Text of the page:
8 Anime With Visuals Way Ahead Of Their Time
1. Kobutori (1929)
Directed by Yasuji Murata, this pre-war 1929 short cartoon is one of the earliest anime films in existence. When compared to American animated films from the same period (compare to Bosko, Mickey Mouse and Felix the Cat for reference) the detail is absolutely incredible.
2. Macross: Do You Remember Love? (1984)
If it comes down to a function of animation quality versus time period, I don't think anything can beat Do You Remember Love. For a mid-1980s movie, the art is gorgeous, and Mikimoto Haruhiko's designs are far truer and more lush in this movie than the TV series, which is saying quite a bit. To this day, some anime fans still have movie posters for this, especially with Lynn Minmay.
3. Memories (1995)
Produced by Katsuhiro Otomo, and based on some of his short manga stories, Memories is an anthology of three films. Despite the diverging themes and differing visual styles of the three chapters, there is an undeniably high standard of production throughout. The visuals are still distinctly 90's, much like the first Ghost in the Shell movie which also came out in 1995. Similarly, there's also a level of CGI present in Memories that blends really well with the hand-drawn cell animation.
4. Ghost In The Shell (1995)
One of the most influential anime films of all time, Mamoru Oshii‘s Ghost in the Shell changed not only the look and feel of animated sci-fi but also had an impact on Hollywood; most notably in the distinct visual style of the Matrix franchise.
5. Royal Space Force: The Wings Of Honneamise (1987)
The feature film debut of legendary studio Gainax, Royal Space Force: The Wings of Honneamise is compelling and skillfully crafted. Not only is the film beautifully animated with some fantastically detailed background art, it is also has substantial depth in terms of it’s philosophical themes and characterization. As such it’s not one for the whole family, but remains an enthralling watch for anyone with an interest in what animation can truly achieve.
6. Akira (1988)
For many of us in the west, this is the one that started it all. Up until we first saw Katsuhiro Otomo‘s Akira, our only exposure to Japanese animation had been kiddies’ Saturday morning shows like Speed Racer and Battle of the Planets. Incredible animation (characters are walking and changing poses while talking, could you believe it?), and the anime still looks just great nearly 30 years later.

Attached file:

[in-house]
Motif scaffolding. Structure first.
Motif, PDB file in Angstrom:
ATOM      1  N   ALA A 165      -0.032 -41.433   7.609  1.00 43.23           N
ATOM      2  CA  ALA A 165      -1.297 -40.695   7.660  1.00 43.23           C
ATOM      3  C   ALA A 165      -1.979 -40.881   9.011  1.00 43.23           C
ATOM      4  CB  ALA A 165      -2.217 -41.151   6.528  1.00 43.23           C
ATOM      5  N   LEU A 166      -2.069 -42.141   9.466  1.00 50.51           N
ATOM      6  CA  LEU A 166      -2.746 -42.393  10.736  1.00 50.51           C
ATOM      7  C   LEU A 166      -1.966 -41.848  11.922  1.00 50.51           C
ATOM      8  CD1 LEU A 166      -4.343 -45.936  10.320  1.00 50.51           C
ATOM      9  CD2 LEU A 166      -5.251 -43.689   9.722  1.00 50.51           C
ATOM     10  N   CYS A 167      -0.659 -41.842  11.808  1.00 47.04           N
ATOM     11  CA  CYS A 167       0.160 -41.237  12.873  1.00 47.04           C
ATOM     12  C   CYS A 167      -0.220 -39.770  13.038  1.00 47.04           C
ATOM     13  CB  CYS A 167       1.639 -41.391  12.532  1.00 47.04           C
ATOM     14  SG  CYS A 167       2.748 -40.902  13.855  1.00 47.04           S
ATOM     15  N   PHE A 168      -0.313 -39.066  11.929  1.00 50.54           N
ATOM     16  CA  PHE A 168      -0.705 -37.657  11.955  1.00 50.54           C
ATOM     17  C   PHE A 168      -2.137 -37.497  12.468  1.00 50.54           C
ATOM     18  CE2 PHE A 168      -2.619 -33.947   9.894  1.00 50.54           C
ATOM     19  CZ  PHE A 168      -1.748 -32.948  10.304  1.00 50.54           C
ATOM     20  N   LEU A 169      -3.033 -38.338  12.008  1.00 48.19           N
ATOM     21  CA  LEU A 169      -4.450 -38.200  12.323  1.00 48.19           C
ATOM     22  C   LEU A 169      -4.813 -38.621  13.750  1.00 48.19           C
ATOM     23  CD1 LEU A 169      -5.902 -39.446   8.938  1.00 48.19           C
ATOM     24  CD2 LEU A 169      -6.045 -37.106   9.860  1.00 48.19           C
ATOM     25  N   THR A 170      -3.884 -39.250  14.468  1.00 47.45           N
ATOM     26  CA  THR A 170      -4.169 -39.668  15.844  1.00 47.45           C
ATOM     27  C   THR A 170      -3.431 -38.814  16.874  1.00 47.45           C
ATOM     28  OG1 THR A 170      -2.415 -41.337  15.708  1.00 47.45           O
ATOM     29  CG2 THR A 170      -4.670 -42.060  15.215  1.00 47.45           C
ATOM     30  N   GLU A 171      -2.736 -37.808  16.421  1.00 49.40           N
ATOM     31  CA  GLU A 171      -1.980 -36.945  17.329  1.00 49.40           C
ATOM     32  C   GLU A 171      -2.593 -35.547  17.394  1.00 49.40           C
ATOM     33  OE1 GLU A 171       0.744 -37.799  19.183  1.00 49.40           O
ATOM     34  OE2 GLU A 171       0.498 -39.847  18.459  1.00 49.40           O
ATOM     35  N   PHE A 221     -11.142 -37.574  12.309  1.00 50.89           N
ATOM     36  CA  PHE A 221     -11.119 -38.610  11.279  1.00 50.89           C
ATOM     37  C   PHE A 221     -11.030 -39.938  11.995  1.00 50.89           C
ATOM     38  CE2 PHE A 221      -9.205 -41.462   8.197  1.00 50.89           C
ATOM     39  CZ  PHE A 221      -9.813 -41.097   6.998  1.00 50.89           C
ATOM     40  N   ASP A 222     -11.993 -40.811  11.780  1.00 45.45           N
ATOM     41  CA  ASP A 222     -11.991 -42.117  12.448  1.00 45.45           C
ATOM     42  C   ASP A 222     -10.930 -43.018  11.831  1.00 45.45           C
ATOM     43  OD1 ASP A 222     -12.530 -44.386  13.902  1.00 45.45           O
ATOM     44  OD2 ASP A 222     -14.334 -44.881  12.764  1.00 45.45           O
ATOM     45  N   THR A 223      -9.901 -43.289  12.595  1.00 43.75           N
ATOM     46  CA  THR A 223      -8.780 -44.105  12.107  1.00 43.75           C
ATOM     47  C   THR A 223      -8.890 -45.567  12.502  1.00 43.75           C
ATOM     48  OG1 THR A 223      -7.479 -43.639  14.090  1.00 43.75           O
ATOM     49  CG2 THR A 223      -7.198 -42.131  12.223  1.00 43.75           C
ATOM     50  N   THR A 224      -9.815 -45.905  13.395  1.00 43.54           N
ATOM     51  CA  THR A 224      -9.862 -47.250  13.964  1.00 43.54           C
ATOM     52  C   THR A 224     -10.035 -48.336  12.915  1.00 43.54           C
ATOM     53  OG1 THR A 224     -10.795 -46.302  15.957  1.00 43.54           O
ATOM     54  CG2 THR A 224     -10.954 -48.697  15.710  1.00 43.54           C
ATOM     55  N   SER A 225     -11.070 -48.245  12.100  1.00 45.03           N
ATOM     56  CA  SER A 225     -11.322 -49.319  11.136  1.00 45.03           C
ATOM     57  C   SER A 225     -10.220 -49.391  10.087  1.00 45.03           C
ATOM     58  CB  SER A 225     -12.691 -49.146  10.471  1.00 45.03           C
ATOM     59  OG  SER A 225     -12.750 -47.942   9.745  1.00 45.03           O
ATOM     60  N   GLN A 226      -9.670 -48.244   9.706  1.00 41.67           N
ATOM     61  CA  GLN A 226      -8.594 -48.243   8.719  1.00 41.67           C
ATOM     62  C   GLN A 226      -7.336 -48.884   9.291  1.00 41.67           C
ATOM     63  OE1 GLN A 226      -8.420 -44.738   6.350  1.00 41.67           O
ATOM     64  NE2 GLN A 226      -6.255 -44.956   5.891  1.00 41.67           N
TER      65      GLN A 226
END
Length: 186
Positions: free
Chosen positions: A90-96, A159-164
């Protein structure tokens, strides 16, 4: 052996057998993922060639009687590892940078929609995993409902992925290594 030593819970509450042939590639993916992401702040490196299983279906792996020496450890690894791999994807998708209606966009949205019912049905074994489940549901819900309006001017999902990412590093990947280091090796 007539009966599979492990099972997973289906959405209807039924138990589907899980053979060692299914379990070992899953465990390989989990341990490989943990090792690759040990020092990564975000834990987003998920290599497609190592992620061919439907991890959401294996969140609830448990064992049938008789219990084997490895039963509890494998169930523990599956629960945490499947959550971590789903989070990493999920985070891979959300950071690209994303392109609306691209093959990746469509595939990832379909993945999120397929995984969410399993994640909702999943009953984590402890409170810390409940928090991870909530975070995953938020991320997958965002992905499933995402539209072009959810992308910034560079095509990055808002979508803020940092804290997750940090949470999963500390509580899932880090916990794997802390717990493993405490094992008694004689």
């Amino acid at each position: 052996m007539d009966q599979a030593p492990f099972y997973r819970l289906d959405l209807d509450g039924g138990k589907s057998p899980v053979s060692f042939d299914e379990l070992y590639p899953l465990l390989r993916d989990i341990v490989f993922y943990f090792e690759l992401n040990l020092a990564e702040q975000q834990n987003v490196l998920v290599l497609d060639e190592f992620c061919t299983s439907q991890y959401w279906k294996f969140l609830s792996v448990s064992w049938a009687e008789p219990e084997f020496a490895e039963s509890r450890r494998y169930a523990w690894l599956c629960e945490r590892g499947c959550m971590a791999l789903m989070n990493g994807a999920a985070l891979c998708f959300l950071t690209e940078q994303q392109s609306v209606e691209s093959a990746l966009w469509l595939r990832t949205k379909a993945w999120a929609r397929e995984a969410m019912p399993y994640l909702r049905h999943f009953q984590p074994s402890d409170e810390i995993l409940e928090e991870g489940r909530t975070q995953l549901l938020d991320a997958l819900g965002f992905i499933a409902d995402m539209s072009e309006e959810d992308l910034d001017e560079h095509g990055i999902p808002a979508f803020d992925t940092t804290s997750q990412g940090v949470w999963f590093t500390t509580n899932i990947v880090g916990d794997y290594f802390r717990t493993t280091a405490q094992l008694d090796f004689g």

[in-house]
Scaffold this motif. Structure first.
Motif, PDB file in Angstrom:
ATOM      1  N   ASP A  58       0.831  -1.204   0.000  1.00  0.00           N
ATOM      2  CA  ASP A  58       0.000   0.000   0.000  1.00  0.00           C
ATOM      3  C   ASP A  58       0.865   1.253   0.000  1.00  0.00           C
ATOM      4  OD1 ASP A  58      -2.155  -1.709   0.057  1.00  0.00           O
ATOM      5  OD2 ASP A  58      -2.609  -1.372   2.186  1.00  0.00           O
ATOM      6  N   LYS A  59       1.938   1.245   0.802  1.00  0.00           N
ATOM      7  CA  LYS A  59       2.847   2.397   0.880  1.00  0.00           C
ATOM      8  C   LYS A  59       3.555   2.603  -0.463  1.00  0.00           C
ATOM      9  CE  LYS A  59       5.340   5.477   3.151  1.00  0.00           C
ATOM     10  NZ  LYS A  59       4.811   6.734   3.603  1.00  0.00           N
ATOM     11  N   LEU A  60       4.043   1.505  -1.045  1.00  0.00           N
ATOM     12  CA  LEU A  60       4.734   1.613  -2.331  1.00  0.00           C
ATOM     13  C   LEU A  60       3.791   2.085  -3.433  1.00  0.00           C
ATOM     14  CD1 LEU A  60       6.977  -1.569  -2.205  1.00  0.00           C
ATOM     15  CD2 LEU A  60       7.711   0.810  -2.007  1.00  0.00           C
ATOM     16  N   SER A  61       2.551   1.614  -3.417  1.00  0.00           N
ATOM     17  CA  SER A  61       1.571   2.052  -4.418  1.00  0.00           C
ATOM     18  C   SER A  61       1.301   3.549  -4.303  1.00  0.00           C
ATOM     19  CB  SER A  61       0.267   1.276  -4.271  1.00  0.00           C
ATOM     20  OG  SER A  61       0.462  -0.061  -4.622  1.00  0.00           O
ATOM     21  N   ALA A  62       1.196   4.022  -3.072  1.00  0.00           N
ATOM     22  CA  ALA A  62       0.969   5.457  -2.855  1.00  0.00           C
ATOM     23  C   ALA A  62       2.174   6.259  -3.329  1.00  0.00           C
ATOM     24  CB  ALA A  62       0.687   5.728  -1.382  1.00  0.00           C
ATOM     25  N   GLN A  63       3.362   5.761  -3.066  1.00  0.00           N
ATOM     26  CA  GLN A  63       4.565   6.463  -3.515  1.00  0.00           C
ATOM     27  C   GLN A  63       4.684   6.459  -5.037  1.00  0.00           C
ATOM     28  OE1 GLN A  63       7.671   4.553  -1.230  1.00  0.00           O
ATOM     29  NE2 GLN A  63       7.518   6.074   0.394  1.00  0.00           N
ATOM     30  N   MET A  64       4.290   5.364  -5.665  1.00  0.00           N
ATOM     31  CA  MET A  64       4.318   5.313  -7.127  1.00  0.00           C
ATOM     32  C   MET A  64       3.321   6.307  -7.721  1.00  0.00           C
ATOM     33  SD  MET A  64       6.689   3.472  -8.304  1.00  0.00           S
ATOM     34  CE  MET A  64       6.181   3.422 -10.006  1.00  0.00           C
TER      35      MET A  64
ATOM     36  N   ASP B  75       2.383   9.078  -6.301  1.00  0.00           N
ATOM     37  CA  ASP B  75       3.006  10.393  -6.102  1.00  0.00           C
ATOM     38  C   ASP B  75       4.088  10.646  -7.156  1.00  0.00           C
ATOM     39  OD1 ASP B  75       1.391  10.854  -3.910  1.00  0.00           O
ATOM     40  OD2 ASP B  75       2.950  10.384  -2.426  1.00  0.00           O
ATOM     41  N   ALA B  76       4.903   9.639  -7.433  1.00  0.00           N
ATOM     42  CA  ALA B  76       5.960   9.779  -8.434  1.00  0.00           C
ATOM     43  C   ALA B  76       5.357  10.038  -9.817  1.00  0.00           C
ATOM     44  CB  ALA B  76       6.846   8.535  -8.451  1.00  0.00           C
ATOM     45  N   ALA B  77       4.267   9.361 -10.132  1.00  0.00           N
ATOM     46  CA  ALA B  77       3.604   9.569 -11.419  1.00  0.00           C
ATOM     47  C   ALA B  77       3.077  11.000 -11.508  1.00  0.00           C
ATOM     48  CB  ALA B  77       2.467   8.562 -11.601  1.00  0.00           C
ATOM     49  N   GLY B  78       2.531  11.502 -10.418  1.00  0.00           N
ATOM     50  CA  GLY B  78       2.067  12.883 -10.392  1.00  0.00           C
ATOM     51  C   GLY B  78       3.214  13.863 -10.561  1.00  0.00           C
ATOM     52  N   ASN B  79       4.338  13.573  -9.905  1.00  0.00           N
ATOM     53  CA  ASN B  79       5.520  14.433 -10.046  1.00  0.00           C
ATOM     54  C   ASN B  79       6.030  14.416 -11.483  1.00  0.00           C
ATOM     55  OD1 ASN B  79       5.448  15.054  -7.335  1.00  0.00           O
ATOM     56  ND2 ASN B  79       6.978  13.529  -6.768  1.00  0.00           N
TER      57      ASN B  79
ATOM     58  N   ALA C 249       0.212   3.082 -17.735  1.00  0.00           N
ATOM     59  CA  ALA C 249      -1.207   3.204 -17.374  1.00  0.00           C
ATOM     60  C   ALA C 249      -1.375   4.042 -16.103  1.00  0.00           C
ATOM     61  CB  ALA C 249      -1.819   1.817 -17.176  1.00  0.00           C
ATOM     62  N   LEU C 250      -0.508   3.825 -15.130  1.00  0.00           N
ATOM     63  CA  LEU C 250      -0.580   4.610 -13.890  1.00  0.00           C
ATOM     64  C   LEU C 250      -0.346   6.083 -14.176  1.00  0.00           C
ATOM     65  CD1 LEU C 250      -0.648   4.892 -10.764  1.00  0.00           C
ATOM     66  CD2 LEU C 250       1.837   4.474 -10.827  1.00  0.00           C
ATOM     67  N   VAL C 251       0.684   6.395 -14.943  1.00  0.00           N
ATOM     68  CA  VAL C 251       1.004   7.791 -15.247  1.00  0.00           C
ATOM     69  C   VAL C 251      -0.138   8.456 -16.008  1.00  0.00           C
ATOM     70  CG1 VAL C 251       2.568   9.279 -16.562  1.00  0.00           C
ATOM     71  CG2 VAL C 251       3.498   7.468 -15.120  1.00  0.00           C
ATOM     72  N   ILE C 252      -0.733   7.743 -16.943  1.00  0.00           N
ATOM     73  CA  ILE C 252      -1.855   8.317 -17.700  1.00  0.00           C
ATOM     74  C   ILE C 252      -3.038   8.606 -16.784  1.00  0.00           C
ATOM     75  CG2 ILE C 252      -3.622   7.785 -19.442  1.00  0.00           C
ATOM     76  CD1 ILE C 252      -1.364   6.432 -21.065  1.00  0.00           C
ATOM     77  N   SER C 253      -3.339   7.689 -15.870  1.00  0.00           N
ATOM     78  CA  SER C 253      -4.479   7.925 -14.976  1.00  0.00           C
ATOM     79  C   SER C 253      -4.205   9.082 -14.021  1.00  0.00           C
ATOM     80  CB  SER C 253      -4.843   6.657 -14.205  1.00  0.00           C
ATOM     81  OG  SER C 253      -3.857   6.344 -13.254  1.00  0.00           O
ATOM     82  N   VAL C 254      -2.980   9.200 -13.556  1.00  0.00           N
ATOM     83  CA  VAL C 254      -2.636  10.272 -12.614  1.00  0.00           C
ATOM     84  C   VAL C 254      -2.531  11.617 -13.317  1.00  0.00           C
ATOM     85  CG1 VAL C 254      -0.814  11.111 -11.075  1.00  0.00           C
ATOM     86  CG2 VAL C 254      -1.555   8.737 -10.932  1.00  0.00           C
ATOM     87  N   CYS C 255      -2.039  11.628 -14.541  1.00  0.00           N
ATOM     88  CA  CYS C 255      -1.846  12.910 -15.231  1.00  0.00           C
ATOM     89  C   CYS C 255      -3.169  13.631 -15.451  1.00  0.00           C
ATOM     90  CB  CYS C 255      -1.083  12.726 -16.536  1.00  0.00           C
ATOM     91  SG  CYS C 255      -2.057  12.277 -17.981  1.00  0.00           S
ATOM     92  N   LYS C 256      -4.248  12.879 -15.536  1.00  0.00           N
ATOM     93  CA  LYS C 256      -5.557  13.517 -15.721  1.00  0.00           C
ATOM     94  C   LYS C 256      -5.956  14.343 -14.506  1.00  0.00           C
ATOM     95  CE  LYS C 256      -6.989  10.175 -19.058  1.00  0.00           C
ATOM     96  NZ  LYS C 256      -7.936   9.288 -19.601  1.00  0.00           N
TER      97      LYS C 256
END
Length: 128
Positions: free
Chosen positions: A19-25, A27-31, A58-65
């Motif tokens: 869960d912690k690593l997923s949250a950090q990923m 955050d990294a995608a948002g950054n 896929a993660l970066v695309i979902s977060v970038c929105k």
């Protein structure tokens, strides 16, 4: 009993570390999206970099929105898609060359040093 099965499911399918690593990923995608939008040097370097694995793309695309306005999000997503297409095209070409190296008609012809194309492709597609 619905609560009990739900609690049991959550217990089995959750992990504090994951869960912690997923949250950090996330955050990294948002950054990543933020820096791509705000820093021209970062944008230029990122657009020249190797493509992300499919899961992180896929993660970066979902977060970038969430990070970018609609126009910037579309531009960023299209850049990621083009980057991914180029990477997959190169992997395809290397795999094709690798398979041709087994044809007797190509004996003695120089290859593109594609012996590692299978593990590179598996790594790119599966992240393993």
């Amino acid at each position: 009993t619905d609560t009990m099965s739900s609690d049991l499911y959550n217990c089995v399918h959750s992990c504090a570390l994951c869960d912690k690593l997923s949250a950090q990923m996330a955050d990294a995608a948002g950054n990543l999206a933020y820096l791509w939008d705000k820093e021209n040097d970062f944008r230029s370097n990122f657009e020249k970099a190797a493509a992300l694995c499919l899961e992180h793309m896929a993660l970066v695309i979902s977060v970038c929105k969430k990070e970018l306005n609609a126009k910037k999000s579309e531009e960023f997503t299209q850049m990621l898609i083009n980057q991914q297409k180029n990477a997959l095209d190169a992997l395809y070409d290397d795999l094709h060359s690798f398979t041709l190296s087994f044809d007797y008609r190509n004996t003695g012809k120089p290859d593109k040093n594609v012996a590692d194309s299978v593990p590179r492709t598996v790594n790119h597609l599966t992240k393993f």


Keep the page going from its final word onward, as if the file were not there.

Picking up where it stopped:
7. My Neighbor Totoro (1988)
There’s so many reasons as to why Hayao Miyazaki‘s masterpiece is such an enduring and perfect film. The way Miyazaki captures the energy and personalities of it’s two child protagonists, his never ending attention to detail, the beautifully simple score, and Kazuo Oga‘s immaculate and breath-taking background paintings make it a joy to watch over and over again.
8. Perfect Blue (1997)
The directorial debut of anime auteur Satoshi Kon, Perfect Blue‘s story about a J-Pop idol turned actress being stalked by a obsessive fan was originally meant to be a live action drama, only scrapped due to the 1995 Kobe earthquake. At first it’s contemporary setting and often mundane situations are certainly reminiscent of a well-shot J-Horror movie, but in Kon’s skilled hands the script slowly changes into something that could only be depicted by animation. As a starting point for his re-occurring themes of disconnected realities and psychological fantasy it is subtler than his later works such as Paranoia Agent and Paprika, and as a result somehow creepier.
Have I missed a visual masterpiece? Hit up the comments below with your thoughts!